Wednesday, October 17, 2007

A Little Good News for New Orleans

And I do mean a little: the city is poised to receive $11.2 million from 10 philanthropic organizations to help rebuild affordable and mixed housing units that were lost in the storms. Bill & Melinda Gates led the way (natch), with a whopping $3 million gift, and a number of other names you might recognize (Kellogg, Rockefeller, etc) are following suit at differing levels. It's not quite half of what the fund spearheading the effort thinks it'll need to make a dent (that's about $25 million), but let's hope this will inspire other individual and institutional funders to jump on board and do the same.

Tuesday, October 16, 2007

Ehren Watada: Still Fighting for His Freedom

Great piece in last week's issue of The Nation on the status of Lt. Ehren Watada, who is the first commissioned officer to refuse to serve in Iraq. In case you missed what's happened lately, Watada's military court trial for his failure to deploy ended in a mistrial; however, the military courts have threatened to re-try him--contravening, Watada argues, his constitutional right to be spared double-jeopardy.

Now Watada's taking his case to the US courts, asking them to deny the military court the right to subject him to yet another trial on the same charge. And thus far the US court has complied, offering a stay to block the 2nd military court trial.

Watada will go before that judge on October 19th to plead his case, and it should be interesting to see what comes of it. If he loses, Watada goes back to the military court to be tried again--and it will be a miracle if there's yet another mistrial this time around. Moreover, the likelihood of a military court finding in his favor strikes me as slim to none, not least because in order to find him innocent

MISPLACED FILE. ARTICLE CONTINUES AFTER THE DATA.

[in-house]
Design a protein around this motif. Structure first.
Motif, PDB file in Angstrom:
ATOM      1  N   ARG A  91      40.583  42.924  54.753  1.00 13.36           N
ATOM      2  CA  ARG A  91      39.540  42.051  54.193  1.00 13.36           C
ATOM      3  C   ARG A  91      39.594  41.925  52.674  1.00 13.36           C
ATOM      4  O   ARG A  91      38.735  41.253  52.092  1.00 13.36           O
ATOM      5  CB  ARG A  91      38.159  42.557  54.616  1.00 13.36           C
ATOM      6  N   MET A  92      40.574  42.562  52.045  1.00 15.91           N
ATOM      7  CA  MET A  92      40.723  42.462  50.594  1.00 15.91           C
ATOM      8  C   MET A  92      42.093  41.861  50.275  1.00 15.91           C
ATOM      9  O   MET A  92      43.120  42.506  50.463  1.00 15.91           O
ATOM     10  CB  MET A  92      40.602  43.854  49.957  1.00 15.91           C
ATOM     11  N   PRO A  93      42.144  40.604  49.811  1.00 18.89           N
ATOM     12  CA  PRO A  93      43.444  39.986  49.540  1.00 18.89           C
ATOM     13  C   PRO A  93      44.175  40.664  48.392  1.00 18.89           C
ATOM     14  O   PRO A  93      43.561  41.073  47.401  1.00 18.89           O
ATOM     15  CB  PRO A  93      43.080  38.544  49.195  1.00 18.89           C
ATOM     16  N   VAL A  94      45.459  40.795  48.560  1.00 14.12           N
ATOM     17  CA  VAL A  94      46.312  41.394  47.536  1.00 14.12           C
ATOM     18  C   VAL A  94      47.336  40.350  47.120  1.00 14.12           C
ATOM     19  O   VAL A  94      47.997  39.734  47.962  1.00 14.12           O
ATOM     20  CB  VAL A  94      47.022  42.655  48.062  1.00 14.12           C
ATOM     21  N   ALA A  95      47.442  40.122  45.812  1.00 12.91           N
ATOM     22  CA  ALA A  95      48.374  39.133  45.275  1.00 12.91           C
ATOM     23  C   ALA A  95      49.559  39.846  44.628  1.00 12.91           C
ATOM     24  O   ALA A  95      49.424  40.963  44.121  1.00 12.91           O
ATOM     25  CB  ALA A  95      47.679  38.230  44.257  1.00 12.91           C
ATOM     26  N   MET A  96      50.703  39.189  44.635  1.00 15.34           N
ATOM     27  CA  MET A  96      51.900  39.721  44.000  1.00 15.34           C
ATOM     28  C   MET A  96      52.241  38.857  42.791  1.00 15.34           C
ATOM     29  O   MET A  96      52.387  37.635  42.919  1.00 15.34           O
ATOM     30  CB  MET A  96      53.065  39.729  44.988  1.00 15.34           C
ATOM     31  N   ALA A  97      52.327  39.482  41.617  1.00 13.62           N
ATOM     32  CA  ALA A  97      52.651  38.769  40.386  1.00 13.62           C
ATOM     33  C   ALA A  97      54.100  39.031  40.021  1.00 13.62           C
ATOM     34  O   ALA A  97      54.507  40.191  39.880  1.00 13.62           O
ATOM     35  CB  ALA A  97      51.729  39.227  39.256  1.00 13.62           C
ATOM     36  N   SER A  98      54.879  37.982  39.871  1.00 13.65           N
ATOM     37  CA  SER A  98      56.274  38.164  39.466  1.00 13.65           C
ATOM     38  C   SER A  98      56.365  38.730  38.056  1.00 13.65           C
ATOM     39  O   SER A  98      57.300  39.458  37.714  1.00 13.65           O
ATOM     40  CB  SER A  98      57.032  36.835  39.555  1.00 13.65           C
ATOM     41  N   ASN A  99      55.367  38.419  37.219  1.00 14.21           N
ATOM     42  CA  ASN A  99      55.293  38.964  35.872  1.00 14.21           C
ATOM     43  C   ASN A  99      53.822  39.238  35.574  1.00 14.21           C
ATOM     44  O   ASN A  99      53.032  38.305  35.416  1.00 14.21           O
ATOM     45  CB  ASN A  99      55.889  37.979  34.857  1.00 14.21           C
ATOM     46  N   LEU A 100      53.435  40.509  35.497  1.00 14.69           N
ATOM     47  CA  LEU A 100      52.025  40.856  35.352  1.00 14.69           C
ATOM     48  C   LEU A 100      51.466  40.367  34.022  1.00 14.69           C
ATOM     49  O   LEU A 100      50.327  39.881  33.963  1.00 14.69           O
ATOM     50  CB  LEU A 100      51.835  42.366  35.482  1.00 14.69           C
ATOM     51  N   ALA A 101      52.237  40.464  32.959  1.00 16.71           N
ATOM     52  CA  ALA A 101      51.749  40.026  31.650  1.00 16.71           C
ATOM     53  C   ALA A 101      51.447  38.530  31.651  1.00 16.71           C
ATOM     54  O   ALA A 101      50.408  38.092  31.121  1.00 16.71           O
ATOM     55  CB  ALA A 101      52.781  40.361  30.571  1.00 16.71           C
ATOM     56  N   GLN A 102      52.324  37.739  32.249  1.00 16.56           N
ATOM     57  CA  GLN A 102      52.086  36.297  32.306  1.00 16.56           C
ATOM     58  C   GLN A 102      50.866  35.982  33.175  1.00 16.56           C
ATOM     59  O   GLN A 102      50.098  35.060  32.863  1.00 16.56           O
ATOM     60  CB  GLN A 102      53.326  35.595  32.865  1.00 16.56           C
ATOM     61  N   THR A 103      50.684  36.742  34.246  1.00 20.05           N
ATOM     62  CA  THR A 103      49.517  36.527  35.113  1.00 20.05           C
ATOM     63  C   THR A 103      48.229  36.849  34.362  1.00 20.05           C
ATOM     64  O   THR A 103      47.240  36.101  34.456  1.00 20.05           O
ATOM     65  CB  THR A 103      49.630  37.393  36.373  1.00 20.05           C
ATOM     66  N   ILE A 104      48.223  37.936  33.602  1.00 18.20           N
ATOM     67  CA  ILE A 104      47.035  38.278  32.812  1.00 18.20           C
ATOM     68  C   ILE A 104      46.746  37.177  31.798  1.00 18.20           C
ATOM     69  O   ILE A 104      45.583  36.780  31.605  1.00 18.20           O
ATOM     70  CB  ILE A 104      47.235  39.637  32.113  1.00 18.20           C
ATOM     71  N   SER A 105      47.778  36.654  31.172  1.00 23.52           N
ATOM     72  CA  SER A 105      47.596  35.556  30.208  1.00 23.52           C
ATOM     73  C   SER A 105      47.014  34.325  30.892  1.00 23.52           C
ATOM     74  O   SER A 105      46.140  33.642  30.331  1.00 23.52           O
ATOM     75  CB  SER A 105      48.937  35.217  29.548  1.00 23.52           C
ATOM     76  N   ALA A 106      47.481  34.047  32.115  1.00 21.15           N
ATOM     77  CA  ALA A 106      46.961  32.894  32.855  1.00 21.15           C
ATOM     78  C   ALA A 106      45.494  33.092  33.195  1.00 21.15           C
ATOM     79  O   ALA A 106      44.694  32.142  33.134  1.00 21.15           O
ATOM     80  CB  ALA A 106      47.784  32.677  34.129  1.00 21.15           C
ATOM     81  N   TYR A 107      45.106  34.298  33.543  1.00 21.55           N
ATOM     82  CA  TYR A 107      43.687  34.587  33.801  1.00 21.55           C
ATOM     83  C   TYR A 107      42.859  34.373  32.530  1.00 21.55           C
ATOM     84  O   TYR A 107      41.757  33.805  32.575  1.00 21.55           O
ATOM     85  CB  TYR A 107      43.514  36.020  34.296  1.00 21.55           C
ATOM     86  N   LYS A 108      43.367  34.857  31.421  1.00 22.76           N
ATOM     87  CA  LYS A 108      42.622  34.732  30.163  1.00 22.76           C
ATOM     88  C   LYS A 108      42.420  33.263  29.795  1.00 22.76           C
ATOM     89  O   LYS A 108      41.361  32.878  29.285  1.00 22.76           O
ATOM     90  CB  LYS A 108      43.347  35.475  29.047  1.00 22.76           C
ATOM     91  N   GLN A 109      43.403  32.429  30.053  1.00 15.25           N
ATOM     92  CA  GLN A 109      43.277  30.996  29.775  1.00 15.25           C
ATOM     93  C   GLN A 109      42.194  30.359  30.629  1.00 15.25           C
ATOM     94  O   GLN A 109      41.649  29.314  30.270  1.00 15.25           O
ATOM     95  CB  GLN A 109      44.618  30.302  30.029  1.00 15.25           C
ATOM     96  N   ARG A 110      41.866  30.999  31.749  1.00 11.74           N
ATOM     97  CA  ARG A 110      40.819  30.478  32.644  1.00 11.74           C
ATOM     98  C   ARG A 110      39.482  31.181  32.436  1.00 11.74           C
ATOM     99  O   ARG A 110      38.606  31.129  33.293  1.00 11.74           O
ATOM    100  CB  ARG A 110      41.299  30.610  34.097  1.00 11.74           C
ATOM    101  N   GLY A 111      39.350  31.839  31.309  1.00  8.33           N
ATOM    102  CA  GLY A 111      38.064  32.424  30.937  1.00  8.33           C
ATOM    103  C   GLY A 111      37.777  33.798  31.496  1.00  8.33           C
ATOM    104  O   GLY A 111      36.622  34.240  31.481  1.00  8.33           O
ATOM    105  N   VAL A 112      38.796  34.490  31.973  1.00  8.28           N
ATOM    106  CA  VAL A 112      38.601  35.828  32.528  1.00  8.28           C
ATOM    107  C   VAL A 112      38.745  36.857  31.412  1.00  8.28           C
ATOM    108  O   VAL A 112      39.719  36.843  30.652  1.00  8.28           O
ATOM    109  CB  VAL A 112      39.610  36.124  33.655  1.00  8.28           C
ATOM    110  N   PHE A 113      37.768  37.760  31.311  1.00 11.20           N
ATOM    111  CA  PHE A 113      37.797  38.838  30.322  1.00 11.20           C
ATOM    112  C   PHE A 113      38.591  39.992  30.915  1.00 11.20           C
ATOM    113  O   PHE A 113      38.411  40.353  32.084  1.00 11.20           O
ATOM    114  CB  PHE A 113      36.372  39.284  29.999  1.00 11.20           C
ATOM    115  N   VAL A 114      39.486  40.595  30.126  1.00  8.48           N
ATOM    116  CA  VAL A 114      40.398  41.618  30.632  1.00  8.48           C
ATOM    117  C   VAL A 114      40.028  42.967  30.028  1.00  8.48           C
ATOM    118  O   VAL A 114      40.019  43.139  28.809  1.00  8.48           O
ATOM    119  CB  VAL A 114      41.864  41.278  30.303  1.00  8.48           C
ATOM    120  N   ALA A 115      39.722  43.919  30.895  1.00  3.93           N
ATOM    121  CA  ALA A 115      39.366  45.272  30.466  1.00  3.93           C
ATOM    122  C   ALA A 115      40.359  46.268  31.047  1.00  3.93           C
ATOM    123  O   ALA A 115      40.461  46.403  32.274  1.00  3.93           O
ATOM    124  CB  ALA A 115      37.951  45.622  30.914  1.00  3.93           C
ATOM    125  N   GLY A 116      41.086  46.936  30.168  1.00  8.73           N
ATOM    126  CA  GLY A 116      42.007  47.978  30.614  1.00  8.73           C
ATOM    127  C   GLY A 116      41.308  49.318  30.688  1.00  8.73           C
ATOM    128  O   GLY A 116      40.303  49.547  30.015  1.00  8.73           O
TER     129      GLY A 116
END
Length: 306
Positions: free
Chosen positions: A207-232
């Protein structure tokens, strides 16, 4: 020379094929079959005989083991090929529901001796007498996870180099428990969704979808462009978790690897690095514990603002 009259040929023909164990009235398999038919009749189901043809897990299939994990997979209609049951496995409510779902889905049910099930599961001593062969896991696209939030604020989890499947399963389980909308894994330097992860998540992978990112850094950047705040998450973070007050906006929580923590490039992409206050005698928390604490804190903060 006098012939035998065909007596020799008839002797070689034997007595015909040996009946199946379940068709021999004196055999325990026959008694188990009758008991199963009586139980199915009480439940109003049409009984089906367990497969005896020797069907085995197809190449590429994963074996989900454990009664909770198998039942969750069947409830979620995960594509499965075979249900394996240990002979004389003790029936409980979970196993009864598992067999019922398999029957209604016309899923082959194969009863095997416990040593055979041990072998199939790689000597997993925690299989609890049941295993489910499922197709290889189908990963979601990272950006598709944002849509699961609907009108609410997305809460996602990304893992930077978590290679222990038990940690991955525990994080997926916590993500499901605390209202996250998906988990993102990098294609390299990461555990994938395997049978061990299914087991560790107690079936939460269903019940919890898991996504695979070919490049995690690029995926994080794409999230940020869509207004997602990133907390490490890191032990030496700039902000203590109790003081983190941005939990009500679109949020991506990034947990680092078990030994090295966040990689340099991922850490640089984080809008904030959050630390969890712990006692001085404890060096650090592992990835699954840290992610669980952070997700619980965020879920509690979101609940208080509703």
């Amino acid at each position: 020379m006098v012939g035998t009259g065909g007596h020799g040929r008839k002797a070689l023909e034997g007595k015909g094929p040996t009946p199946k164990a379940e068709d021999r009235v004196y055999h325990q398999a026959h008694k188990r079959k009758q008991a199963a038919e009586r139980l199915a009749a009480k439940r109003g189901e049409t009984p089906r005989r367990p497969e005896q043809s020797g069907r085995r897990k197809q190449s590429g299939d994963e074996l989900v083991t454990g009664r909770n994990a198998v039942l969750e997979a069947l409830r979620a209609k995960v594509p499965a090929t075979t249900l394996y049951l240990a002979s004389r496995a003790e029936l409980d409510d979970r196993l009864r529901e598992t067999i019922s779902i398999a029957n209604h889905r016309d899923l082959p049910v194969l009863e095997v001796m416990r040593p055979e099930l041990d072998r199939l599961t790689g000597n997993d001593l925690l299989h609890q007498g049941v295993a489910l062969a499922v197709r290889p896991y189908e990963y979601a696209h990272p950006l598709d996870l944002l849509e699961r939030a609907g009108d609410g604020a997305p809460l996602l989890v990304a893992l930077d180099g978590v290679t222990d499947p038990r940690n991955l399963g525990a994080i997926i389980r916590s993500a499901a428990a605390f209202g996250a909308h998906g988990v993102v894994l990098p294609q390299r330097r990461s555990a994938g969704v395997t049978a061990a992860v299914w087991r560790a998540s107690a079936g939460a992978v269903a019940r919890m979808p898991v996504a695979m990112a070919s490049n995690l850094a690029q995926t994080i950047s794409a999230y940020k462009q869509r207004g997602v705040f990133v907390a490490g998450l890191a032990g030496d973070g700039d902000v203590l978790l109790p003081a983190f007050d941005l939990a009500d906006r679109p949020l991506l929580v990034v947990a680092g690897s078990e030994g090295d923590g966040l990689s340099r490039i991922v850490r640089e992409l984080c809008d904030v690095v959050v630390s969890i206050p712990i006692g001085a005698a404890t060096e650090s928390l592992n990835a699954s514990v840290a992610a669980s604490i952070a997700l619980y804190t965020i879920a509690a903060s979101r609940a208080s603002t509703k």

the court would essentially have to declare the war in Iraq both "immoral and illegal"--the charges that form the crux of Watada's claim about his innocence (i.e., that he was, as an officer, dutybound not to take part in conduct he knew to be immoral or illegal--and by the measure of American law, he says, this war is both). If the court says he is right, then not only has it delivered a slap in the face to the Executive Branch, but it also has on its hands about 200,000+ criminal-soldiers who have deployed as directed to carry out an illegal war. And who the hell wants to deal with that?

I couldn't be a bigger fan of Watada's and I have every finger and toe crossed that the US courts will find that he deserves access to his constitutional rights as much as any other citizen. Because-- and call me a pessimist--I'm pretty confident that this guy stands no shot if the military tries to take another swing at him. See what standing up for your morals gets you in this country these days?

Monday, October 15, 2007

Don't I Know It

Clinton-Obama Quandary for Many Black Women

Doris Lessing, Lady of Mystery/Nobel Laureate

I liked this post on Salon's Broadsheet about the enigma that is Doris Lessing as much as anything else that was written about her last week. Anyone who can toss of a "I couldn't care less" comment in the wake of learning she's won literature's highest prize get a vote in my book--not because I don't value the prize, and not because I wouldn't about die if I won it myself, but because its just so nice to see someone refuse to be sucked into our culture of self-congratulation as completely as the rest of us.

Thursday, October 11, 2007

Women? Sports? Power? No way.

God bless America! I have absolutely no excuse for going this long between posts, except to say that things here at work have been 100% mad, what with having to commemorate Domestic Violence Awareness Month and trying to keep up with the various other management related tasks here on the j-o-b. But still, no excuses, and no more laying off the blogging--I'm done with that, I swear.